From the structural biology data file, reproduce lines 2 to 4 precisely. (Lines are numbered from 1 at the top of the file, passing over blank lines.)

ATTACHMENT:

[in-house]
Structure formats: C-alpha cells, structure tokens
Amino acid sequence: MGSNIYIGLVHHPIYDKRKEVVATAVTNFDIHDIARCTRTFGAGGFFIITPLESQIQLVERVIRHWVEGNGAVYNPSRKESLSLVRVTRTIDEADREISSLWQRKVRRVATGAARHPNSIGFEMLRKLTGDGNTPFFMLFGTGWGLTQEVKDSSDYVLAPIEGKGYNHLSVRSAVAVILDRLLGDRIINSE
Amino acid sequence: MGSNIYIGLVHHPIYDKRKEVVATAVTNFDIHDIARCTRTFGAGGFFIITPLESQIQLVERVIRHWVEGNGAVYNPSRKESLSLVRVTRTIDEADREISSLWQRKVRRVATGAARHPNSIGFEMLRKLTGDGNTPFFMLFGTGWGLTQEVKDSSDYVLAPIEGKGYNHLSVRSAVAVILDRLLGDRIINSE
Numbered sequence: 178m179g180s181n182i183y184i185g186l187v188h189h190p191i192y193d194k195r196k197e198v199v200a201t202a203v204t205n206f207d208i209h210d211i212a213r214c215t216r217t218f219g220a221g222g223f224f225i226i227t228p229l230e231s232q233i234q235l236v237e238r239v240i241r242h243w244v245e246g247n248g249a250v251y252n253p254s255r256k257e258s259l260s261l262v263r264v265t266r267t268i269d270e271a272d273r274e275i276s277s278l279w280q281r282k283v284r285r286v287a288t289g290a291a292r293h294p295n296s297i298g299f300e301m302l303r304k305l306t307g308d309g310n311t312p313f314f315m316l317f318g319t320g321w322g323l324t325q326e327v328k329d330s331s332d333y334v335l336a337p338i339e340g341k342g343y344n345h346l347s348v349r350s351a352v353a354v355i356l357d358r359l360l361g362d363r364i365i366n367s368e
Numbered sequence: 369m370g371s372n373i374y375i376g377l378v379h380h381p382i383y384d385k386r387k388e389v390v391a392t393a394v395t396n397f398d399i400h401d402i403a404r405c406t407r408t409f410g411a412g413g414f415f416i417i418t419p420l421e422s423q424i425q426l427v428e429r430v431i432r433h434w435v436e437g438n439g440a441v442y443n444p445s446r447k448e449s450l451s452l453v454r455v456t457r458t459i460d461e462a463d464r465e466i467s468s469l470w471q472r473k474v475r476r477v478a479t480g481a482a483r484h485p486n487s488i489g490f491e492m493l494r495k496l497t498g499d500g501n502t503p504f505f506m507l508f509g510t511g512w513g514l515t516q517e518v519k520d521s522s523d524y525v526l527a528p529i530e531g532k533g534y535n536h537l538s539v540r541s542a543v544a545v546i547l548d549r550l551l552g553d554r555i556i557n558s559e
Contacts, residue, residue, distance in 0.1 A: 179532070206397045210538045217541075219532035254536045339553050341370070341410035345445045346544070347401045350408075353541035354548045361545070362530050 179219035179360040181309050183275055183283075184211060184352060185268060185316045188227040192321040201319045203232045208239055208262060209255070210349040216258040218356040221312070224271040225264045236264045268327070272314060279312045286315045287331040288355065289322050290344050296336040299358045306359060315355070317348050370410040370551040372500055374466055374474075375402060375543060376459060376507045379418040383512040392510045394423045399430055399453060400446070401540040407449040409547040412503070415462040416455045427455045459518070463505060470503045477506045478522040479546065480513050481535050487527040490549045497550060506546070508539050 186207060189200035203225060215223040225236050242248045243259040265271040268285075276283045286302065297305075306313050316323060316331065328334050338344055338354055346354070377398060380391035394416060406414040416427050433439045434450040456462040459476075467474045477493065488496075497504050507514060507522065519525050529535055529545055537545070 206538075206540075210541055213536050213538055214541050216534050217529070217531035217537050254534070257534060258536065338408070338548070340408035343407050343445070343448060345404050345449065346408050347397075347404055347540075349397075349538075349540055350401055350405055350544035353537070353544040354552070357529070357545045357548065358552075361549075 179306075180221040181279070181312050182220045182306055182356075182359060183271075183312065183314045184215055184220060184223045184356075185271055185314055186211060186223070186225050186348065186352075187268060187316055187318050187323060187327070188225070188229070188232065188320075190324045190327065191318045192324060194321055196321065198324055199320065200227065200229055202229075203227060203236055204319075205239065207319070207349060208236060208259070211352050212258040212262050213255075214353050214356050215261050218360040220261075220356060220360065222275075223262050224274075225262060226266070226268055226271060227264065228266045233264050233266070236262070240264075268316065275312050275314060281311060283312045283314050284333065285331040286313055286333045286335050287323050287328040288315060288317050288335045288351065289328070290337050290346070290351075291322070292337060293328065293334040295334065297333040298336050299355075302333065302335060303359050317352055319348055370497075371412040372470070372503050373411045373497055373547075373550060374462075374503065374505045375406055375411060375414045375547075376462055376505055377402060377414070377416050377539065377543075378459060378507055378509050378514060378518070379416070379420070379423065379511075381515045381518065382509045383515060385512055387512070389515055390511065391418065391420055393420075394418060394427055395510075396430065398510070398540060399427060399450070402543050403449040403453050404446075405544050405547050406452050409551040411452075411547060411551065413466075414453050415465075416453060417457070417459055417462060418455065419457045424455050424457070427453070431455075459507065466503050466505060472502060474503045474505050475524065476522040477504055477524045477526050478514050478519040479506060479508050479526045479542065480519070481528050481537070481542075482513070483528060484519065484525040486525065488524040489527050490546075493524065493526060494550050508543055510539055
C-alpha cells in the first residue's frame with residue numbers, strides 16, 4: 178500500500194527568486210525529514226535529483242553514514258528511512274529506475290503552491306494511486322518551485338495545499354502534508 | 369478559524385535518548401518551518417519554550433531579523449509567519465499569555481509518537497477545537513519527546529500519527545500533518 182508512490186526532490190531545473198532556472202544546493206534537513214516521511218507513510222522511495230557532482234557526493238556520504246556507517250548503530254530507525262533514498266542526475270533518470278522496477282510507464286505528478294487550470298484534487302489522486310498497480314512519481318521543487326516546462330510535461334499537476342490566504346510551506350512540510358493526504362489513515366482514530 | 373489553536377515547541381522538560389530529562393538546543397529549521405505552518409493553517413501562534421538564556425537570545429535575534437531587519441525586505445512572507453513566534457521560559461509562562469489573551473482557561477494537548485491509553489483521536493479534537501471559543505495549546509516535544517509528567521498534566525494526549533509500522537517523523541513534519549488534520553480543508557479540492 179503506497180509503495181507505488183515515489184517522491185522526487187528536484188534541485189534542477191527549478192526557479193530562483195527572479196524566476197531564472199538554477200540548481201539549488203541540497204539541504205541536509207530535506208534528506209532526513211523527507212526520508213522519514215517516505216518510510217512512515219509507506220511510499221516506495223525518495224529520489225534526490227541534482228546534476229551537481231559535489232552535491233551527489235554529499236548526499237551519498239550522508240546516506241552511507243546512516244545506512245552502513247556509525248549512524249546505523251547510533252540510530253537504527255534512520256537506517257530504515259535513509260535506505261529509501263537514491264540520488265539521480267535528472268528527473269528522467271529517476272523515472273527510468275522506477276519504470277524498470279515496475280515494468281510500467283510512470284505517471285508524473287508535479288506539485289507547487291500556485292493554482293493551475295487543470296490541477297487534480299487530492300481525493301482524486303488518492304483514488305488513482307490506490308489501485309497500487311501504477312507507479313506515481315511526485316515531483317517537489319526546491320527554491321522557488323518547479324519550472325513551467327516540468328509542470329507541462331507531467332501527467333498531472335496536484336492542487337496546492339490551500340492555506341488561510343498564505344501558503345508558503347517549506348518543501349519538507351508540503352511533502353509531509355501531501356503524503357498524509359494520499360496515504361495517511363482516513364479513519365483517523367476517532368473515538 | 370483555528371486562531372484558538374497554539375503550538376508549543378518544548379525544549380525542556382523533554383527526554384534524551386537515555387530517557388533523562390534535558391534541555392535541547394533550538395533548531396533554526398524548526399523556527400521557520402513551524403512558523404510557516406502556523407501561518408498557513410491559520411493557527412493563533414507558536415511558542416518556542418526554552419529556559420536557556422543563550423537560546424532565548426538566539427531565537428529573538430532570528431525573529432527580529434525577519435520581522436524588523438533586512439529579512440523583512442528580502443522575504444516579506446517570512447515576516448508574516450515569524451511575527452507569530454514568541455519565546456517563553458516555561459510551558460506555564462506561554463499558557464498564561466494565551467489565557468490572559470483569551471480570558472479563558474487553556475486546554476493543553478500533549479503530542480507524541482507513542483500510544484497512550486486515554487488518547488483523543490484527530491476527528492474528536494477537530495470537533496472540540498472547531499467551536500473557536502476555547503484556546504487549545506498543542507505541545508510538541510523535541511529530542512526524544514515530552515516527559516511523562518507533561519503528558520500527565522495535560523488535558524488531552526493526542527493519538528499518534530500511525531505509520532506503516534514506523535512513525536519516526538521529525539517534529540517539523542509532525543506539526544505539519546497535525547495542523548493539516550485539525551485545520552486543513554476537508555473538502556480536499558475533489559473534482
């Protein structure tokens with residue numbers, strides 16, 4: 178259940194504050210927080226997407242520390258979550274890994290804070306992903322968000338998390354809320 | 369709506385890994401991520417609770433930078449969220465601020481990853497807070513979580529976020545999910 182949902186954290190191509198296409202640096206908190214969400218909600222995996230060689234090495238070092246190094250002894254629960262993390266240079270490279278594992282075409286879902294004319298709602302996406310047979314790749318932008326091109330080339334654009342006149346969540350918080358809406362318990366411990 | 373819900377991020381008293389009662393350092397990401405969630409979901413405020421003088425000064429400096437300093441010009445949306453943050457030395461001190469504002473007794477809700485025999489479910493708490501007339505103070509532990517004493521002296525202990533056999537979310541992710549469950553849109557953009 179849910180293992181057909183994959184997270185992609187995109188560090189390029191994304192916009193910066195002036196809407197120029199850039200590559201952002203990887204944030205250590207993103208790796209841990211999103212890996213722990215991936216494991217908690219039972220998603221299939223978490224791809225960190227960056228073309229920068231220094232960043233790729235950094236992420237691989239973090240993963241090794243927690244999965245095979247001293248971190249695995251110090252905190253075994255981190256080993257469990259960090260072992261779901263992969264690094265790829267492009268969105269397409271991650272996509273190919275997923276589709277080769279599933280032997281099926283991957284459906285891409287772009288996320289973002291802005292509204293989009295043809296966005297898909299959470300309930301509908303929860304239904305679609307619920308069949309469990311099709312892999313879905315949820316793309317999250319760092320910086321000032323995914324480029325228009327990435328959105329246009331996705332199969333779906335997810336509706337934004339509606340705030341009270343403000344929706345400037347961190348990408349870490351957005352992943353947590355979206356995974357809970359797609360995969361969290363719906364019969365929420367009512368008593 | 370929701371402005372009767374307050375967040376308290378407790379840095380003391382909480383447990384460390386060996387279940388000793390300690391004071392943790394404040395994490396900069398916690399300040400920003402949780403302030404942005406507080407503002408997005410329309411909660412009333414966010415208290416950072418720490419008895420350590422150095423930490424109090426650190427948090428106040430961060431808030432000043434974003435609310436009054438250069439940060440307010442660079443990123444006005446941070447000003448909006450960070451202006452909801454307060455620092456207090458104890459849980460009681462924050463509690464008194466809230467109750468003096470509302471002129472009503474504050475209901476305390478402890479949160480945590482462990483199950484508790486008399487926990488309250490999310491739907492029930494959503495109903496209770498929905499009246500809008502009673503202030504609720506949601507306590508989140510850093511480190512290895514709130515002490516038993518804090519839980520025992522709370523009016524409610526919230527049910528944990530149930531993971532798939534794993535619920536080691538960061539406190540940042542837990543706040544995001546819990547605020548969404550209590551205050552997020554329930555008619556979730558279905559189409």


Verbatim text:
Structure formats: C-alpha cells, structure tokens
Amino acid sequence: MGSNIYIGLVHHPIYDKRKEVVATAVTNFDIHDIARCTRTFGAGGFFIITPLESQIQLVERVIRHWVEGNGAVYNPSRKESLSLVRVTRTIDEADREISSLWQRKVRRVATGAARHPNSIGFEMLRKLTGDGNTPFFMLFGTGWGLTQEVKDSSDYVLAPIEGKGYNHLSVRSAVAVILDRLLGDRIINSE
Amino acid sequence: MGSNIYIGLVHHPIYDKRKEVVATAVTNFDIHDIARCTRTFGAGGFFIITPLESQIQLVERVIRHWVEGNGAVYNPSRKESLSLVRVTRTIDEADREISSLWQRKVRRVATGAARHPNSIGFEMLRKLTGDGNTPFFMLFGTGWGLTQEVKDSSDYVLAPIEGKGYNHLSVRSAVAVILDRLLGDRIINSE